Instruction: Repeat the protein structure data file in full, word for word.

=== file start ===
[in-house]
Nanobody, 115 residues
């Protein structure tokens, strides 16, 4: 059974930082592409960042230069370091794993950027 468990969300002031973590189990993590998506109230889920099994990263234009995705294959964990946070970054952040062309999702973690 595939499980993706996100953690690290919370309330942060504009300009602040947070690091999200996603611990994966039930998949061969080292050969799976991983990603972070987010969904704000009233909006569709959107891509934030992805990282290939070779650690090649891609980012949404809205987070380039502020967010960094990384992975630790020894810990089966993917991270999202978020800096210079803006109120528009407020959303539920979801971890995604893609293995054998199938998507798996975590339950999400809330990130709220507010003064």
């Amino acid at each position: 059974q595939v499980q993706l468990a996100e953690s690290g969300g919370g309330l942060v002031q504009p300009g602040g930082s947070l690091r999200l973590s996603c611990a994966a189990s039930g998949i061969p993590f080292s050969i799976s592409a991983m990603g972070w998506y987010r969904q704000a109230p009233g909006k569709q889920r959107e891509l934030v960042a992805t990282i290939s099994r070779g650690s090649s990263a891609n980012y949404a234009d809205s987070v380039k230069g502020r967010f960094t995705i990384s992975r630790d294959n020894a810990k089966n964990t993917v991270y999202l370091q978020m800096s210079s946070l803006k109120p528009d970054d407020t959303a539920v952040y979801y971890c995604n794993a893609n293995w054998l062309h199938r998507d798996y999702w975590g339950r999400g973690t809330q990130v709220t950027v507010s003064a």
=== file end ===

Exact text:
[in-house]
Nanobody, 115 residues
């Protein structure tokens, strides 16, 4: 059974930082592409960042230069370091794993950027 468990969300002031973590189990993590998506109230889920099994990263234009995705294959964990946070970054952040062309999702973690 595939499980993706996100953690690290919370309330942060504009300009602040947070690091999200996603611990994966039930998949061969080292050969799976991983990603972070987010969904704000009233909006569709959107891509934030992805990282290939070779650690090649891609980012949404809205987070380039502020967010960094990384992975630790020894810990089966993917991270999202978020800096210079803006109120528009407020959303539920979801971890995604893609293995054998199938998507798996975590339950999400809330990130709220507010003064």
């Amino acid at each position: 059974q595939v499980q993706l468990a996100e953690s690290g969300g919370g309330l942060v002031q504009p300009g602040g930082s947070l690091r999200l973590s996603c611990a994966a189990s039930g998949i061969p993590f080292s050969i799976s592409a991983m990603g972070w998506y987010r969904q704000a109230p009233g909006k569709q889920r959107e891509l934030v960042a992805t990282i290939s099994r070779g650690s090649s990263a891609n980012y949404a234009d809205s987070v380039k230069g502020r967010f960094t995705i990384s992975r630790d294959n020894a810990k089966n964990t993917v991270y999202l370091q978020m800096s210079s946070l803006k109120p528009d970054d407020t959303a539920v952040y979801y971890c995604n794993a893609n293995w054998l062309h199938r998507d798996y999702w975590g339950r999400g973690t809330q990130v709220t950027v507010s003064a």